What was once a forgotten region of Southeast Asia, sandwiched between its neighbors of Thailand, Vietnam, and Cambodia, is slowly becoming a destination for those seeking to sight-see off the beaten path. While it’s certainly not a luxury destination—Laos is one of the poorest countries in Southeast Asia—it’s nonetheless gaining a reputation for the rural ease, laid-back attitude of its citizens, and authentic natural beauty.
The Ultimate Laos Travel Guide
Unless you are an ASEAN country national, you will need to acquire a tourist visa at a Lao consulate prior to your visit. The best way to get into Laos is through Thailand, Vietnam, or Cambodia: if you’re flying in, you can get a visa-on-arrival by arriving at the Vientiane or Luang Prabang airports, if walking, cross from Khon Kaen, Thailand and grab your visa at that city’s Lao consulate before you head to Vientiane.
Traveling around Laos, you will mostly need to rely on busses, rented bikes, and tuk-tuks. Renting a motorbike or a car and driver, even if they’re more expensive, are probably your best bets because the busses and roads aren’t incredibly well maintained; you will need to budget your time for delays, breakdowns, and price haggling otherwise, and won’t be able to stop if you need to find a bathroom.
Food & Culture
Most Lao food is fairly similar to the food of the countries surrounding it, especially northeast Thailand. Spicy vegetable soups and stews, herbal teas, and raw veggies are common; laap, a chopped meat and herb salad with copious amounts of chili and lime juice, is considered the national dish, and sticky rice served with mango is a popular dessert. You shouldn’t drink the tap water, but kaafee thung coffee, local rice-made Beer Lao, and lao-lao rice liquor are all praised by visitors.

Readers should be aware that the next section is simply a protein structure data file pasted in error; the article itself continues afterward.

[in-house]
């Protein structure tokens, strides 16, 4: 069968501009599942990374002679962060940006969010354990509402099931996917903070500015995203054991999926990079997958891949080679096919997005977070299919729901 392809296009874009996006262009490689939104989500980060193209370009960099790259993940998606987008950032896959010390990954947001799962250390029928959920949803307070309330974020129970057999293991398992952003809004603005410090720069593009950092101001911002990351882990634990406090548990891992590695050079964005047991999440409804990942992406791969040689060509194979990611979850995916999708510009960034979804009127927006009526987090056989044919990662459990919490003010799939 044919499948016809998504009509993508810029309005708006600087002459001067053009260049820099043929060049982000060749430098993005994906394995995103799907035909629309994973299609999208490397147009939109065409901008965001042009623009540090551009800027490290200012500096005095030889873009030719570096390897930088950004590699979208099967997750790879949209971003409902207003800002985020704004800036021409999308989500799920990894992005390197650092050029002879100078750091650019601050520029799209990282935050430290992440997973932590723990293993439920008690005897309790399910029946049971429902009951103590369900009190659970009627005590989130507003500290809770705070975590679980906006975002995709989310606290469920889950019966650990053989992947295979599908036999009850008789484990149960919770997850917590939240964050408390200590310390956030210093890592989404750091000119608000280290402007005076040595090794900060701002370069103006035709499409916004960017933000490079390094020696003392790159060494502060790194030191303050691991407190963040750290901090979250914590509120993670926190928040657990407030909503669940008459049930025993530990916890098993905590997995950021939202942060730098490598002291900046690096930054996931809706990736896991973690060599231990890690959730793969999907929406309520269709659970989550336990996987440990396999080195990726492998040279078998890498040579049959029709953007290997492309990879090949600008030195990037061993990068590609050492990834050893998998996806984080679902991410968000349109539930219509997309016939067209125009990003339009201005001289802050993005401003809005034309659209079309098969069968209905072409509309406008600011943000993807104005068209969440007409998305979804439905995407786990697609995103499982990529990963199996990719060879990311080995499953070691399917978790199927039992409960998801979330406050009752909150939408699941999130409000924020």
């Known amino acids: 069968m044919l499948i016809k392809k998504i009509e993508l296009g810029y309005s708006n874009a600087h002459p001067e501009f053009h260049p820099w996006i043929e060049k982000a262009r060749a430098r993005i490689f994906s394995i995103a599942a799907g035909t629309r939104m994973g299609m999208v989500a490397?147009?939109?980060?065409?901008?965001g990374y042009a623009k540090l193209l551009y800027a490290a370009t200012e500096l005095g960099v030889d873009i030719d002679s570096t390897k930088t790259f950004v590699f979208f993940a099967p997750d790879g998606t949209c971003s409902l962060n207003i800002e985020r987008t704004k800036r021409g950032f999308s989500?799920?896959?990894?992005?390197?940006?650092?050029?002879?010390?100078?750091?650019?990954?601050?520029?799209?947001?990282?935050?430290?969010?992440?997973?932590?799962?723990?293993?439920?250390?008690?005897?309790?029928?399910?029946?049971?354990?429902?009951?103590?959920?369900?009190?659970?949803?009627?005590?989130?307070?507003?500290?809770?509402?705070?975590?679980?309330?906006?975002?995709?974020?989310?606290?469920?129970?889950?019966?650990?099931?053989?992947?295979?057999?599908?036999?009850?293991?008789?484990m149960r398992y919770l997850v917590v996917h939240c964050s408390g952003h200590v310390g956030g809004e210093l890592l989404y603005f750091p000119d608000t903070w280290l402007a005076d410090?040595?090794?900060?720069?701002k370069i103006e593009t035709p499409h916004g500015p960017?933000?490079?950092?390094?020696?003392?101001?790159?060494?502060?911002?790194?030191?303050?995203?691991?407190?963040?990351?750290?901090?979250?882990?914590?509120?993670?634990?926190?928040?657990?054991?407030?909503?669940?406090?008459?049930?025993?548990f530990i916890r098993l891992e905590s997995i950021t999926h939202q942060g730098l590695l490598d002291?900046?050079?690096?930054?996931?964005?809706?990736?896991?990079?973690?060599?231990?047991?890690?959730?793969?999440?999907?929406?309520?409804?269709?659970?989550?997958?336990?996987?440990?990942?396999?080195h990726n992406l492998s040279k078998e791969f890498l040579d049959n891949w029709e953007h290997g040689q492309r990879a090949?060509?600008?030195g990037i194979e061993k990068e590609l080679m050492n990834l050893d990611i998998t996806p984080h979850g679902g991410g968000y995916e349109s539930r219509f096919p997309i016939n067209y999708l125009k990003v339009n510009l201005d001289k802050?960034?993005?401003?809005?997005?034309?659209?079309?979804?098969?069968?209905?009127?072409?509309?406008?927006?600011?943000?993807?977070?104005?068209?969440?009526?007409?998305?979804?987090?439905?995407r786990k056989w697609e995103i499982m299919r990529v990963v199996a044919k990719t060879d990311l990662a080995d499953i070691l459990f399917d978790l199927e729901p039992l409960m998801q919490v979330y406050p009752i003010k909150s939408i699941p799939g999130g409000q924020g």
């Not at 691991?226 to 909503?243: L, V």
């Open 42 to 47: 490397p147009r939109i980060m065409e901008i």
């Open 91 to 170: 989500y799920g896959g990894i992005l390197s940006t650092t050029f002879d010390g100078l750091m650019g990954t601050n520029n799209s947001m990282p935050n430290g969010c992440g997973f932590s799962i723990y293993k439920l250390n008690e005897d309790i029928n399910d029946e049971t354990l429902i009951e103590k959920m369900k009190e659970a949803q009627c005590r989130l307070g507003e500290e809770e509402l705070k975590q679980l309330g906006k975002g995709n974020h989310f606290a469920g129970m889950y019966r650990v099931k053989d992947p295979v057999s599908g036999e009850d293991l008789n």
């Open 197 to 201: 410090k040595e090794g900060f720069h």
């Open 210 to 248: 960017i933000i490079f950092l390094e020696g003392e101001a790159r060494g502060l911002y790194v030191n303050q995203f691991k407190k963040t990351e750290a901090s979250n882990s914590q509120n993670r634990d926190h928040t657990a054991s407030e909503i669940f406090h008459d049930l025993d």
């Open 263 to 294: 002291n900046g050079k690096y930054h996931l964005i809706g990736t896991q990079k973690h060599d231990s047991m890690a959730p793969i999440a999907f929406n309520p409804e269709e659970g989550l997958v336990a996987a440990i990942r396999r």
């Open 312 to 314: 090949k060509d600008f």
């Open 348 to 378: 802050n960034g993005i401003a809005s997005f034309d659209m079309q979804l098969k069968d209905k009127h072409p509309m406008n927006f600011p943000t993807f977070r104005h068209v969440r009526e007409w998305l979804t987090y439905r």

While its small size might suggest otherwise, Laos is actually incredibly culturally diverse, hosting over 49 different tribes and ethnic groups. The country is mostly Buddhist, and the monks are highly regarded—make sure you treat any you encounter respectfully, and do not touch them.
Laotians live at a slow, relaxed speed—part of the reason Laos is becoming more of a tourist destination—but it’s important to keep a cool head if things aren’t going fast enough for you. Yelling will not only get you laughed at, but you’ll lose considerable face as well.
When in Laos, it is important to always carry your passport, as officials may stop you and fine you heavily if you do not have one.
Sights & Attractions
Vang Vieng Tubing—A strange mix of outdoor relaxation and party scene, tubing down the river in Vang Vieng is certainly an experience! The first half of the riverbank is lined with bars which will throw tubers a line. Enjoy a beer or two (avoid unsafe ziplines and tube thieves) and then just relax on your float down the river.
Luang Pravang—The entire city is considered a World Heritage site. Visit the formal royal palace and Vat Xien Tong monastery, then catch a show at the Garavek Traditional Storytelling Theater, which tells traditional Laos folktales in English. Outside the city, the Kuang Xi waterfall offers multilevel natural swimming pools, and is worth a day trip to just enjoy.
Plain of Jars— A very cool iron-age monolith, consisting of thousands of large stone jars which served some undiscovered purpose centuries ago; Laos’ version of Stonehenge.
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